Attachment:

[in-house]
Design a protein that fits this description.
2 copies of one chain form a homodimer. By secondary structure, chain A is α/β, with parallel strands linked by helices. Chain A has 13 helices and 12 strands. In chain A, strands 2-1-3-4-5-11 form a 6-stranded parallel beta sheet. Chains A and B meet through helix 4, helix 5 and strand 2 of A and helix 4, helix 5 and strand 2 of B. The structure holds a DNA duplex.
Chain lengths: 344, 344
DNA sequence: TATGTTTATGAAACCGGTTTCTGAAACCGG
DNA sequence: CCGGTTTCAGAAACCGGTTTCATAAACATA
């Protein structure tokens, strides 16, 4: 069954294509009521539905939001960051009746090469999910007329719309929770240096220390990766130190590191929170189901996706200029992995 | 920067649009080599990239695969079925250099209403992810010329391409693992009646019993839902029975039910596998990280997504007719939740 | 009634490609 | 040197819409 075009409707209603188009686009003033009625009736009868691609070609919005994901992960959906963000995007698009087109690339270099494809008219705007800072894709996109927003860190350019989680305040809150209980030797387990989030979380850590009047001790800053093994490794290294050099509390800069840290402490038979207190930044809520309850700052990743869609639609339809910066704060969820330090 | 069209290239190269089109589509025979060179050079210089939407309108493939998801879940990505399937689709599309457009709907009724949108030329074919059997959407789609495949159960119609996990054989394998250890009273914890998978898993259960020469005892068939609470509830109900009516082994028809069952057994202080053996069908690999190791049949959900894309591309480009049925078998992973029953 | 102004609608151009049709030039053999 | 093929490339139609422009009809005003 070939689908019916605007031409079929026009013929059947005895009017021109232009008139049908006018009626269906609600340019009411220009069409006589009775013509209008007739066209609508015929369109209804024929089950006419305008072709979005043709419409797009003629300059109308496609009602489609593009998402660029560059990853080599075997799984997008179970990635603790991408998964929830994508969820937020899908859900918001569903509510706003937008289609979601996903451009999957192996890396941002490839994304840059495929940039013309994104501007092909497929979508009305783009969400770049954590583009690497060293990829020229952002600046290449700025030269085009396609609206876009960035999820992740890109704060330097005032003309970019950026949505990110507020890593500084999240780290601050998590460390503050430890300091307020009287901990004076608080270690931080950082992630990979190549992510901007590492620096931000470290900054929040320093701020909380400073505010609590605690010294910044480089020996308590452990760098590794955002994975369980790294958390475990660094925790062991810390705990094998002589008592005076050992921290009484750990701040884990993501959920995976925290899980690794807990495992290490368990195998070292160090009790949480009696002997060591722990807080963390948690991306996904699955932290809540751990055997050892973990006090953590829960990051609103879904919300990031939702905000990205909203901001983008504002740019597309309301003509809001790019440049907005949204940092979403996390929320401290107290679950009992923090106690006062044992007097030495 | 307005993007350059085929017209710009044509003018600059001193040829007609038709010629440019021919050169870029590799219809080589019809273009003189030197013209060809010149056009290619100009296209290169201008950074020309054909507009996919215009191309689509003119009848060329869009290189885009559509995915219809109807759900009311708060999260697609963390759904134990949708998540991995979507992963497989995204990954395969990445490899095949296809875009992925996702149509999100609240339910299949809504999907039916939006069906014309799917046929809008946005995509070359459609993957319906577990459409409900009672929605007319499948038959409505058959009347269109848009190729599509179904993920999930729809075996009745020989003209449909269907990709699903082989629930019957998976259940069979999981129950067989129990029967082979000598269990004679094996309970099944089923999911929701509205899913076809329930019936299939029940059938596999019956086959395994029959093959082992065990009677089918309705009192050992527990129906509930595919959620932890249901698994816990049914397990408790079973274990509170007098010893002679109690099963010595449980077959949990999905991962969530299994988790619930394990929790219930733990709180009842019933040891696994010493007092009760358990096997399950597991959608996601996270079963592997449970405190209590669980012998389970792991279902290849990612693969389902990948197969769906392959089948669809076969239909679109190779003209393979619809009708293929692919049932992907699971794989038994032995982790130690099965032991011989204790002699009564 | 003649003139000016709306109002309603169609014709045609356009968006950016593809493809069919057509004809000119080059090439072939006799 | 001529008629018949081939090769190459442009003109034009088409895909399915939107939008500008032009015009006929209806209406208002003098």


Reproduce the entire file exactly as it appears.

[in-house]
Design a protein that fits this description.
2 copies of one chain form a homodimer. By secondary structure, chain A is α/β, with parallel strands linked by helices. Chain A has 13 helices and 12 strands. In chain A, strands 2-1-3-4-5-11 form a 6-stranded parallel beta sheet. Chains A and B meet through helix 4, helix 5 and strand 2 of A and helix 4, helix 5 and strand 2 of B. The structure holds a DNA duplex.
Chain lengths: 344, 344
DNA sequence: TATGTTTATGAAACCGGTTTCTGAAACCGG
DNA sequence: CCGGTTTCAGAAACCGGTTTCATAAACATA
């Protein structure tokens, strides 16, 4: 069954294509009521539905939001960051009746090469999910007329719309929770240096220390990766130190590191929170189901996706200029992995 | 920067649009080599990239695969079925250099209403992810010329391409693992009646019993839902029975039910596998990280997504007719939740 | 009634490609 | 040197819409 075009409707209603188009686009003033009625009736009868691609070609919005994901992960959906963000995007698009087109690339270099494809008219705007800072894709996109927003860190350019989680305040809150209980030797387990989030979380850590009047001790800053093994490794290294050099509390800069840290402490038979207190930044809520309850700052990743869609639609339809910066704060969820330090 | 069209290239190269089109589509025979060179050079210089939407309108493939998801879940990505399937689709599309457009709907009724949108030329074919059997959407789609495949159960119609996990054989394998250890009273914890998978898993259960020469005892068939609470509830109900009516082994028809069952057994202080053996069908690999190791049949959900894309591309480009049925078998992973029953 | 102004609608151009049709030039053999 | 093929490339139609422009009809005003 070939689908019916605007031409079929026009013929059947005895009017021109232009008139049908006018009626269906609600340019009411220009069409006589009775013509209008007739066209609508015929369109209804024929089950006419305008072709979005043709419409797009003629300059109308496609009602489609593009998402660029560059990853080599075997799984997008179970990635603790991408998964929830994508969820937020899908859900918001569903509510706003937008289609979601996903451009999957192996890396941002490839994304840059495929940039013309994104501007092909497929979508009305783009969400770049954590583009690497060293990829020229952002600046290449700025030269085009396609609206876009960035999820992740890109704060330097005032003309970019950026949505990110507020890593500084999240780290601050998590460390503050430890300091307020009287901990004076608080270690931080950082992630990979190549992510901007590492620096931000470290900054929040320093701020909380400073505010609590605690010294910044480089020996308590452990760098590794955002994975369980790294958390475990660094925790062991810390705990094998002589008592005076050992921290009484750990701040884990993501959920995976925290899980690794807990495992290490368990195998070292160090009790949480009696002997060591722990807080963390948690991306996904699955932290809540751990055997050892973990006090953590829960990051609103879904919300990031939702905000990205909203901001983008504002740019597309309301003509809001790019440049907005949204940092979403996390929320401290107290679950009992923090106690006062044992007097030495 | 307005993007350059085929017209710009044509003018600059001193040829007609038709010629440019021919050169870029590799219809080589019809273009003189030197013209060809010149056009290619100009296209290169201008950074020309054909507009996919215009191309689509003119009848060329869009290189885009559509995915219809109807759900009311708060999260697609963390759904134990949708998540991995979507992963497989995204990954395969990445490899095949296809875009992925996702149509999100609240339910299949809504999907039916939006069906014309799917046929809008946005995509070359459609993957319906577990459409409900009672929605007319499948038959409505058959009347269109848009190729599509179904993920999930729809075996009745020989003209449909269907990709699903082989629930019957998976259940069979999981129950067989129990029967082979000598269990004679094996309970099944089923999911929701509205899913076809329930019936299939029940059938596999019956086959395994029959093959082992065990009677089918309705009192050992527990129906509930595919959620932890249901698994816990049914397990408790079973274990509170007098010893002679109690099963010595449980077959949990999905991962969530299994988790619930394990929790219930733990709180009842019933040891696994010493007092009760358990096997399950597991959608996601996270079963592997449970405190209590669980012998389970792991279902290849990612693969389902990948197969769906392959089948669809076969239909679109190779003209393979619809009708293929692919049932992907699971794989038994032995982790130690099965032991011989204790002699009564 | 003649003139000016709306109002309603169609014709045609356009968006950016593809493809069919057509004809000119080059090439072939006799 | 001529008629018949081939090769190459442009003109034009088409895909399915939107939008500008032009015009006929209806209406208002003098």